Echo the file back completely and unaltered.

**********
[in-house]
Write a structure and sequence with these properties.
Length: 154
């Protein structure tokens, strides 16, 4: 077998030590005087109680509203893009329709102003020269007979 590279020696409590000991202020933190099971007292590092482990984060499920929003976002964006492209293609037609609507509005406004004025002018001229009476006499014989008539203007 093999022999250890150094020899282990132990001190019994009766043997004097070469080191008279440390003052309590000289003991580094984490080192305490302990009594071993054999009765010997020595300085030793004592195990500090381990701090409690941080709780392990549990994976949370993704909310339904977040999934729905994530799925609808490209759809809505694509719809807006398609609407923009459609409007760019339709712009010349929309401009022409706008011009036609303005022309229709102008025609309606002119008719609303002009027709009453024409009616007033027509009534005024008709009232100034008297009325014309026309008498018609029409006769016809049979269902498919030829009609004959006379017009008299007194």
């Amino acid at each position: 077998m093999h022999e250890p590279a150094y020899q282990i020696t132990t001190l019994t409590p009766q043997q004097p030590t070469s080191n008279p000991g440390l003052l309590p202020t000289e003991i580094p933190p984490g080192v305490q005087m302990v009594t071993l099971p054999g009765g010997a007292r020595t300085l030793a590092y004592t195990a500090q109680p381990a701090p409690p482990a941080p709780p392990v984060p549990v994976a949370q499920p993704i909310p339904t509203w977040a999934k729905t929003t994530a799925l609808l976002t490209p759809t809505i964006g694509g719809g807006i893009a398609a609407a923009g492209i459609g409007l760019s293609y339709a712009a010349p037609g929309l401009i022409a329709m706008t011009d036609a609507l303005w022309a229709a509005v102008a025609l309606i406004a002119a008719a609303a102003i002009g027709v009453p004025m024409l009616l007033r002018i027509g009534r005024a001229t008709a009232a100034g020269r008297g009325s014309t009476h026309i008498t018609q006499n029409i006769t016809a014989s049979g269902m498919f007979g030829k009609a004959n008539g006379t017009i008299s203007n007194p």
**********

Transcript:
[in-house]
Write a structure and sequence with these properties.
Length: 154
């Protein structure tokens, strides 16, 4: 077998030590005087109680509203893009329709102003020269007979 590279020696409590000991202020933190099971007292590092482990984060499920929003976002964006492209293609037609609507509005406004004025002018001229009476006499014989008539203007 093999022999250890150094020899282990132990001190019994009766043997004097070469080191008279440390003052309590000289003991580094984490080192305490302990009594071993054999009765010997020595300085030793004592195990500090381990701090409690941080709780392990549990994976949370993704909310339904977040999934729905994530799925609808490209759809809505694509719809807006398609609407923009459609409007760019339709712009010349929309401009022409706008011009036609303005022309229709102008025609309606002119008719609303002009027709009453024409009616007033027509009534005024008709009232100034008297009325014309026309008498018609029409006769016809049979269902498919030829009609004959006379017009008299007194």
């Amino acid at each position: 077998m093999h022999e250890p590279a150094y020899q282990i020696t132990t001190l019994t409590p009766q043997q004097p030590t070469s080191n008279p000991g440390l003052l309590p202020t000289e003991i580094p933190p984490g080192v305490q005087m302990v009594t071993l099971p054999g009765g010997a007292r020595t300085l030793a590092y004592t195990a500090q109680p381990a701090p409690p482990a941080p709780p392990v984060p549990v994976a949370q499920p993704i909310p339904t509203w977040a999934k729905t929003t994530a799925l609808l976002t490209p759809t809505i964006g694509g719809g807006i893009a398609a609407a923009g492209i459609g409007l760019s293609y339709a712009a010349p037609g929309l401009i022409a329709m706008t011009d036609a609507l303005w022309a229709a509005v102008a025609l309606i406004a002119a008719a609303a102003i002009g027709v009453p004025m024409l009616l007033r002018i027509g009534r005024a001229t008709a009232a100034g020269r008297g009325s014309t009476h026309i008498t018609q006499n029409i006769t016809a014989s049979g269902m498919f007979g030829k009609a004959n008539g006379t017009i008299s203007n007194p």